The Borders bankruptcy case currently making headlines provides a helpful illustration of the difference between the two main forms of bankruptcy, reorganization and liquidation. Here’s a look at what we can learn about personal bankruptcy from the Borders situation.
Reorganization: Chapter 11 and Chapter 13 Bankruptcy
Reorganization bankruptcy is exactly what its name suggests: it allows filers to reorganize their debts and assets to catch up on overdue payments. When a business files for reorganization (usually under Chapter 11 of the U.S. Bankruptcy Code):
- It continues operating. Some store branches may close and the company may “streamline” its operations to make itself leaner and more likely to turn profits when the bankruptcy concludes.
- It repays creditors. Chapter 11 cases, like Chapter 13 cases, include a plan that allows the filing company to compensate its creditors at least in part for its debts.
- It tries to emerge stronger. The goal of a business reorganization is to trim the fat and let the company get back on its feet with a more workable model.
The Borders situation, though, seems unable to benefit from a Chapter 11 bankruptcy. Sources suggest that this is because of a number of factors, including the weak economy, the changing face of books and the fierce competition it faces from online booksellers.
When an individual enters a reorganization plan (usually under Chapter 13 of the U.S. Bankruptcy Code), she also makes payments to her creditors. At the end of the repayment period (usually three to five years), her goal is to emerge debt-free and with financial habits that will keep her that way.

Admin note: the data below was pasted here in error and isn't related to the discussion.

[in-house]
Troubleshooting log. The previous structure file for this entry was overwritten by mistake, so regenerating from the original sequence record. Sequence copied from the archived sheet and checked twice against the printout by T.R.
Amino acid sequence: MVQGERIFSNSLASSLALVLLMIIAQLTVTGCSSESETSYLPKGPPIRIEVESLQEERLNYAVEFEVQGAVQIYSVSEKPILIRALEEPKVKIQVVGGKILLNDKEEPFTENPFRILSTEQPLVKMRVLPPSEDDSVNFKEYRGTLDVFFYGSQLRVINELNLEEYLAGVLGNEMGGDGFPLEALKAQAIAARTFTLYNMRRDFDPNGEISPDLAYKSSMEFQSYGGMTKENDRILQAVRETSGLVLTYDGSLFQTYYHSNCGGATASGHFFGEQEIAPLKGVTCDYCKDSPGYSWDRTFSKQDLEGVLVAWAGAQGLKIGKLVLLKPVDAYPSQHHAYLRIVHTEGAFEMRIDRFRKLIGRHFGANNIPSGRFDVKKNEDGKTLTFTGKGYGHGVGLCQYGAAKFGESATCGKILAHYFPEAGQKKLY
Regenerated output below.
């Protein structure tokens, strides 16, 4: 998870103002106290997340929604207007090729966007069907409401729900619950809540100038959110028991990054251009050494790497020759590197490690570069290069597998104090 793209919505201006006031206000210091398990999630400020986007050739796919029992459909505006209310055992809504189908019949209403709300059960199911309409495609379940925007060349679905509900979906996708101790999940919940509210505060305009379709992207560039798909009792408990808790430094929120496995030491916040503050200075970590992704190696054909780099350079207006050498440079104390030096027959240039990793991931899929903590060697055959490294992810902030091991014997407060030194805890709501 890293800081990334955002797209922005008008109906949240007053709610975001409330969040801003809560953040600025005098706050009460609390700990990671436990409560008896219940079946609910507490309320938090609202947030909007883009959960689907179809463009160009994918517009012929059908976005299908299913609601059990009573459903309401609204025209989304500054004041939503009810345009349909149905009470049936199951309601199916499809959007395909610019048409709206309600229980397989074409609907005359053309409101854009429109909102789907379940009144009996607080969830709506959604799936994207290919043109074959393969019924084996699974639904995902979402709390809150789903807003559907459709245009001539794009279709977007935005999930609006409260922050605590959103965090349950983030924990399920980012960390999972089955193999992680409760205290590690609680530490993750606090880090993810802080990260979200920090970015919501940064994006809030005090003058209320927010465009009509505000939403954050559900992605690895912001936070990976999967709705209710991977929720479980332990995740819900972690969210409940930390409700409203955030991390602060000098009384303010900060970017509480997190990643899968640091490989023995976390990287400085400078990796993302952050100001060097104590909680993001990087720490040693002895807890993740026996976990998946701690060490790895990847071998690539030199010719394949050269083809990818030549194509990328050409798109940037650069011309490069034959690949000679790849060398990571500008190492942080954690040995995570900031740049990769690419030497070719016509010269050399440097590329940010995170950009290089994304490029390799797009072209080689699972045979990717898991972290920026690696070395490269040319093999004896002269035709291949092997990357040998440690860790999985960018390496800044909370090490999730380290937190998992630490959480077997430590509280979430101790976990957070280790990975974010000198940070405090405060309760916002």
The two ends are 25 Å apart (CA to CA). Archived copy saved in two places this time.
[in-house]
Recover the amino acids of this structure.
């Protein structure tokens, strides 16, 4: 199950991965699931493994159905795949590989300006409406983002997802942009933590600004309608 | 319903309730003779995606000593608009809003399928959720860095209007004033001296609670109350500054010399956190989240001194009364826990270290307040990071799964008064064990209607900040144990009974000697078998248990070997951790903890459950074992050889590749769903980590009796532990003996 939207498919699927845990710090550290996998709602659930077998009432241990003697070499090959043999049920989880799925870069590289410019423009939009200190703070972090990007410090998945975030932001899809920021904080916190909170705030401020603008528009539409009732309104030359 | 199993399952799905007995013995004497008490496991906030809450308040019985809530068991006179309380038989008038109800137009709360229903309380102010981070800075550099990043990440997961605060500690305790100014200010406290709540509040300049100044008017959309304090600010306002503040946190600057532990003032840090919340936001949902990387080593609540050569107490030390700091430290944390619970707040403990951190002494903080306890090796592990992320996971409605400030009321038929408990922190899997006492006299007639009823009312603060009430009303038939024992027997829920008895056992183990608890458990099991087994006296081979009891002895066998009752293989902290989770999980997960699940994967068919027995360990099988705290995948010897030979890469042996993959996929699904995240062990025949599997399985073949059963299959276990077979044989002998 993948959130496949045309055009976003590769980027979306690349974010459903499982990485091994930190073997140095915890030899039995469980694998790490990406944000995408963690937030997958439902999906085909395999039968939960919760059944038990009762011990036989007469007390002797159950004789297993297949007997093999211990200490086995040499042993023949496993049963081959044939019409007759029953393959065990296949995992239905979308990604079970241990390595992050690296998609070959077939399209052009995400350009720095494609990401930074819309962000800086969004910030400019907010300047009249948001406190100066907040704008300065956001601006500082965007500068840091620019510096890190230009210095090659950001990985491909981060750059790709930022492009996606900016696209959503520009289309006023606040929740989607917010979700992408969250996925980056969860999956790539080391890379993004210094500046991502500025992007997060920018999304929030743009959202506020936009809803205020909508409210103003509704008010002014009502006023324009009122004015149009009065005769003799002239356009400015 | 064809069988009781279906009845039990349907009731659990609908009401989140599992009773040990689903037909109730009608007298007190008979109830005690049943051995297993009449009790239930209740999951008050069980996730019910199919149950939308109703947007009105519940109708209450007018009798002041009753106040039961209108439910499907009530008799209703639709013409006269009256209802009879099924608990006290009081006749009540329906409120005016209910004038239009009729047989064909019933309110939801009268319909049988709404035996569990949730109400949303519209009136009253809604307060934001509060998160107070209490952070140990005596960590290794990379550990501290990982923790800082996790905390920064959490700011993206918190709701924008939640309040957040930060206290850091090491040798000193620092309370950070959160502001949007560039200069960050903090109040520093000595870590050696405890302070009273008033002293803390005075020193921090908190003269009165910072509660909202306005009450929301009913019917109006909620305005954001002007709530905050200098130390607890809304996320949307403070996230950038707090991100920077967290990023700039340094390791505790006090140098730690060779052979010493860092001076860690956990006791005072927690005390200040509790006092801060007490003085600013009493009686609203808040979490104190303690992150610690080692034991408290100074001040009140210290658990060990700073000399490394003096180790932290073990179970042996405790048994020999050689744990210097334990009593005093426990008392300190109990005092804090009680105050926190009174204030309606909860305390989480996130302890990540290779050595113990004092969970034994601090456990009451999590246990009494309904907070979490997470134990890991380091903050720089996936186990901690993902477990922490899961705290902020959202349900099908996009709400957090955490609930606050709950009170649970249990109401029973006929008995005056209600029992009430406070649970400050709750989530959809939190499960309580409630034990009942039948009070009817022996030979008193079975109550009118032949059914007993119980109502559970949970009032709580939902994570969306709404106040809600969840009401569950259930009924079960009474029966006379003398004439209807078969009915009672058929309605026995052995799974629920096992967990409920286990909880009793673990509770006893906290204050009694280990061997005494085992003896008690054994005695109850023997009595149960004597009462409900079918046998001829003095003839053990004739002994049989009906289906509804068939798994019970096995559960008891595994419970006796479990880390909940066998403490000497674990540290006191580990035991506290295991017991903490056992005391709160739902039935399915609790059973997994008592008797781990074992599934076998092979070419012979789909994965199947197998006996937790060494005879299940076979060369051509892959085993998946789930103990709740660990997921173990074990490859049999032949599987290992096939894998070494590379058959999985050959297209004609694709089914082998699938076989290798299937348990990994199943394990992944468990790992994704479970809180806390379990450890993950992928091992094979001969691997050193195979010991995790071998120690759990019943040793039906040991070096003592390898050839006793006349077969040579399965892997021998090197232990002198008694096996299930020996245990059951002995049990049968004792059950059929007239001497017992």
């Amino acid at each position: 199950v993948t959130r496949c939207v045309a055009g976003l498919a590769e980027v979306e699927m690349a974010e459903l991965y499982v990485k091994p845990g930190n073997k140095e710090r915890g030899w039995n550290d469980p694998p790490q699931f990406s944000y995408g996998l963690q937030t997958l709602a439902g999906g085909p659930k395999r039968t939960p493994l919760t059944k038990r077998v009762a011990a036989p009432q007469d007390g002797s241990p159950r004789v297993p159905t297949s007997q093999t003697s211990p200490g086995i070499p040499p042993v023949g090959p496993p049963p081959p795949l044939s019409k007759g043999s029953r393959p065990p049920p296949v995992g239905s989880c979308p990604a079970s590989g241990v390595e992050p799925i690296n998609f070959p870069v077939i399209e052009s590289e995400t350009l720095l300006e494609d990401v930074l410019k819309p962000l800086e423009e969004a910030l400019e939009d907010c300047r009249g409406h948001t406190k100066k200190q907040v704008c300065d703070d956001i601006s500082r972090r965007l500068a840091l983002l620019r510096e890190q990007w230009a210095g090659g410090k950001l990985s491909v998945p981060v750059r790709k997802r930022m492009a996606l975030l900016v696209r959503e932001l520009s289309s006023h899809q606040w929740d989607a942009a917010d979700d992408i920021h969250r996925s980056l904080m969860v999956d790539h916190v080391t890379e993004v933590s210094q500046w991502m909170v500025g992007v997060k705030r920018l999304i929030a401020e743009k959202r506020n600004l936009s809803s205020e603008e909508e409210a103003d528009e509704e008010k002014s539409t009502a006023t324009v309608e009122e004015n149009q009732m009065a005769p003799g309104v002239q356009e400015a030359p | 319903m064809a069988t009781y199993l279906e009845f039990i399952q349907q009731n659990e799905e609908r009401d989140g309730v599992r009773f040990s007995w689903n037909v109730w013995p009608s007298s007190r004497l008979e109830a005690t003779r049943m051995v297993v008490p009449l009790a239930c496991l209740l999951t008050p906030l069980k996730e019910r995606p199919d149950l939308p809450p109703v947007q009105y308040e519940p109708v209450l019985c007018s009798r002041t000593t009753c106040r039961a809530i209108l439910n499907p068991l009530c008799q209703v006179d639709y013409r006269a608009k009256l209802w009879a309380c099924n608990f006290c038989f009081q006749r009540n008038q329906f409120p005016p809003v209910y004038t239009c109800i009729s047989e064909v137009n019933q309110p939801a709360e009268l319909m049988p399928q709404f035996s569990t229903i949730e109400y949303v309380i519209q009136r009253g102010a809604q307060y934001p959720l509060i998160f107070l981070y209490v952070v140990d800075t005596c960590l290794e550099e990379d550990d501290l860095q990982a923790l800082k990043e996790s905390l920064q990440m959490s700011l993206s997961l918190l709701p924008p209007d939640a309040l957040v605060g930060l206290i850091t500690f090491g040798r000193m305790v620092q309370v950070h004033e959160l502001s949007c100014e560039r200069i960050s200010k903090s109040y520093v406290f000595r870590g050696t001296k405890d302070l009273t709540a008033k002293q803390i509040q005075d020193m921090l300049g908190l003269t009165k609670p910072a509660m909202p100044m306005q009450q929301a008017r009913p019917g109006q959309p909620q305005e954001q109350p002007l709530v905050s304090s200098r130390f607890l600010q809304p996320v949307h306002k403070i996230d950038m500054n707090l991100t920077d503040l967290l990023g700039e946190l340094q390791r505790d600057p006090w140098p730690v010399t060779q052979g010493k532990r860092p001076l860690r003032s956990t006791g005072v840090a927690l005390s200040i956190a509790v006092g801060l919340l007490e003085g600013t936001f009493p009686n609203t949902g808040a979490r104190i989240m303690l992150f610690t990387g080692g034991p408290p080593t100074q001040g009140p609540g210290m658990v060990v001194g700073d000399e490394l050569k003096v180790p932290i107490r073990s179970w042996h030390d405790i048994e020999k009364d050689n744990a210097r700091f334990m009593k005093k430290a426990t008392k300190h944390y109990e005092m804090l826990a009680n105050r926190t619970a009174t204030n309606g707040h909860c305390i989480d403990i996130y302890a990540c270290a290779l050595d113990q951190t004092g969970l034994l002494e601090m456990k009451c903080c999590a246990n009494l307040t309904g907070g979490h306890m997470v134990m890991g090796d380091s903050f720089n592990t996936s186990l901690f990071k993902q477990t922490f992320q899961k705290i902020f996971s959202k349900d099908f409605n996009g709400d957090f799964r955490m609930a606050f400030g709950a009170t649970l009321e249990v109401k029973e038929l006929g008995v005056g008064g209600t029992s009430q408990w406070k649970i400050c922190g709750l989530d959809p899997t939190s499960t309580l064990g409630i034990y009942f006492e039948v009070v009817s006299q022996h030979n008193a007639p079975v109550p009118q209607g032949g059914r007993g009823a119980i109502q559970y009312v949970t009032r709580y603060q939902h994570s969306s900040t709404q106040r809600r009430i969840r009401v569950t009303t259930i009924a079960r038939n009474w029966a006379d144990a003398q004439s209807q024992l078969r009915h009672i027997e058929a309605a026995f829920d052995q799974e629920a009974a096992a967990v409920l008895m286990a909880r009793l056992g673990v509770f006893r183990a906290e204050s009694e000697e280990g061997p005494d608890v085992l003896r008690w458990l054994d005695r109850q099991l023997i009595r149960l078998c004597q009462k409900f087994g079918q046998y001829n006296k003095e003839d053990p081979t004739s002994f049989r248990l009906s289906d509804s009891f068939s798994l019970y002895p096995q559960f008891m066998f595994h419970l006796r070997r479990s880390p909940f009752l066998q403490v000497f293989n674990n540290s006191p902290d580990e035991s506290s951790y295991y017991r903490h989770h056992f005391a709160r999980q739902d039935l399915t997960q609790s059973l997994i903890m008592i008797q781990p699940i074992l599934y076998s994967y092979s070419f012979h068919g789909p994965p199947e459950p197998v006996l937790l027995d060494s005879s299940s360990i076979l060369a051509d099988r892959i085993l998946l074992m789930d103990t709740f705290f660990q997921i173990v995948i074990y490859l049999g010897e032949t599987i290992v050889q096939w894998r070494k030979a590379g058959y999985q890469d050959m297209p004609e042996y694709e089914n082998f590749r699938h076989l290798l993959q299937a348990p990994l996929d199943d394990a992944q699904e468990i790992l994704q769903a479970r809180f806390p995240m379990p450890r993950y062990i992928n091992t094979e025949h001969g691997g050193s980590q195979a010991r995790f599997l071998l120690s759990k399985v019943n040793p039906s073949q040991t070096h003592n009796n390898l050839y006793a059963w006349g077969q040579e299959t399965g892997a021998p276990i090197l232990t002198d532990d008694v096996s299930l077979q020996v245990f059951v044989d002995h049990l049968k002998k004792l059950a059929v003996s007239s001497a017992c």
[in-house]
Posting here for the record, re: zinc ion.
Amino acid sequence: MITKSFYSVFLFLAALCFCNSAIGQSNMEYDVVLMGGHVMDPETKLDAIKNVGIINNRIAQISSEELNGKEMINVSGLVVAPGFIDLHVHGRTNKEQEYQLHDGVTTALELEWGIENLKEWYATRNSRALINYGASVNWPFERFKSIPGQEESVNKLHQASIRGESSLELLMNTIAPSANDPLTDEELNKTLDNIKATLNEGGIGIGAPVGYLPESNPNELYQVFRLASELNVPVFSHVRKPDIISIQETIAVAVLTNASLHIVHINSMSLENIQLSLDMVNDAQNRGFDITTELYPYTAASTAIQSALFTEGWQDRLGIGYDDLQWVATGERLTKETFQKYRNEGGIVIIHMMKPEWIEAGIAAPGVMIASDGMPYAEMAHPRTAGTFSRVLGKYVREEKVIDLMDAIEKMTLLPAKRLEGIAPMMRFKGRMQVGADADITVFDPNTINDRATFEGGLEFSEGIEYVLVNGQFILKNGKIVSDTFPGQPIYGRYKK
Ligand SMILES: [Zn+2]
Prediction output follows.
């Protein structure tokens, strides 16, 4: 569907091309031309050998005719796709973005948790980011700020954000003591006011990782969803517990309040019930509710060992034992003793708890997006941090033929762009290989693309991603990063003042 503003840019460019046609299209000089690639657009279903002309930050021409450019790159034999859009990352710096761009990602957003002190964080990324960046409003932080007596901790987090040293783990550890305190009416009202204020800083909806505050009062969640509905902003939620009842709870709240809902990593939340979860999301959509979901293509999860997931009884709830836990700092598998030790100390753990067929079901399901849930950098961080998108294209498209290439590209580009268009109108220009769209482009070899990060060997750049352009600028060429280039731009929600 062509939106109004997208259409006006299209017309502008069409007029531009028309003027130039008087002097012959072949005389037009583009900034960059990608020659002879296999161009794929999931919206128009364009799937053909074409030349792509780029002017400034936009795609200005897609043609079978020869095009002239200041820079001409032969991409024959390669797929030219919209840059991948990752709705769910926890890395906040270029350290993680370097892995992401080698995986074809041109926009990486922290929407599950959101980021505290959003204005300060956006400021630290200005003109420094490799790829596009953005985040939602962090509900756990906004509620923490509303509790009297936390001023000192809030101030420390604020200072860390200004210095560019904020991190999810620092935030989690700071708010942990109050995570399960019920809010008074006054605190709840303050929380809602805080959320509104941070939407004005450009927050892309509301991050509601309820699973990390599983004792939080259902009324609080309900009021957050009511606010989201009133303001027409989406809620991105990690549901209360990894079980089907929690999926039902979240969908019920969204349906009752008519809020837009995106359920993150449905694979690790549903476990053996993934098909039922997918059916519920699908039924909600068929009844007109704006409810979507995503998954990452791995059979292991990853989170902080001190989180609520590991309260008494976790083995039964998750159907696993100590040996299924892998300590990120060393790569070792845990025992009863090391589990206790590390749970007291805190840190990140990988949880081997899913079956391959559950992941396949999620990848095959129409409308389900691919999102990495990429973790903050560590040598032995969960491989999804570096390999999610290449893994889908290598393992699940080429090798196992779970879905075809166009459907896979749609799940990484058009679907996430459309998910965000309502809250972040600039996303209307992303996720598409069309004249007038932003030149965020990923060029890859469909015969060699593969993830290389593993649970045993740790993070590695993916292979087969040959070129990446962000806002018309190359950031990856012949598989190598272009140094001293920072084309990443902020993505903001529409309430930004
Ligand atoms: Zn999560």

Liquidation: Chapter 7 Bankruptcy
When a company liquidates (under Chapter 7 of the U.S. Bankruptcy Code), it sells off its assets and ceases operations. In other words, if Borders does indeed file for Chapter 7 bankruptcy, it will no longer be around. Business liquidations usually:
- Involve a sale: This might come in the form of an “everything must go” sale of merchandise in stores, an auction to other businesses, or some combination of the two.
- Lead to partial repayment: The proceeds from the sales are generally used to repay in full or part any creditors to which the company owes money at the time of filing.
- Mean job losses: In Borders’ case, the company would have to close its 399 remaining stores and likely lay off the more than 10,000 people it currently employs.
Individuals who file for Chapter 7 usually don’t have enough income to make repayments to creditors. The liquidation part of an individual bankruptcy filing involves the bankruptcy trustee selling a filer’s non-exempt assets to raise money to repay creditors in part.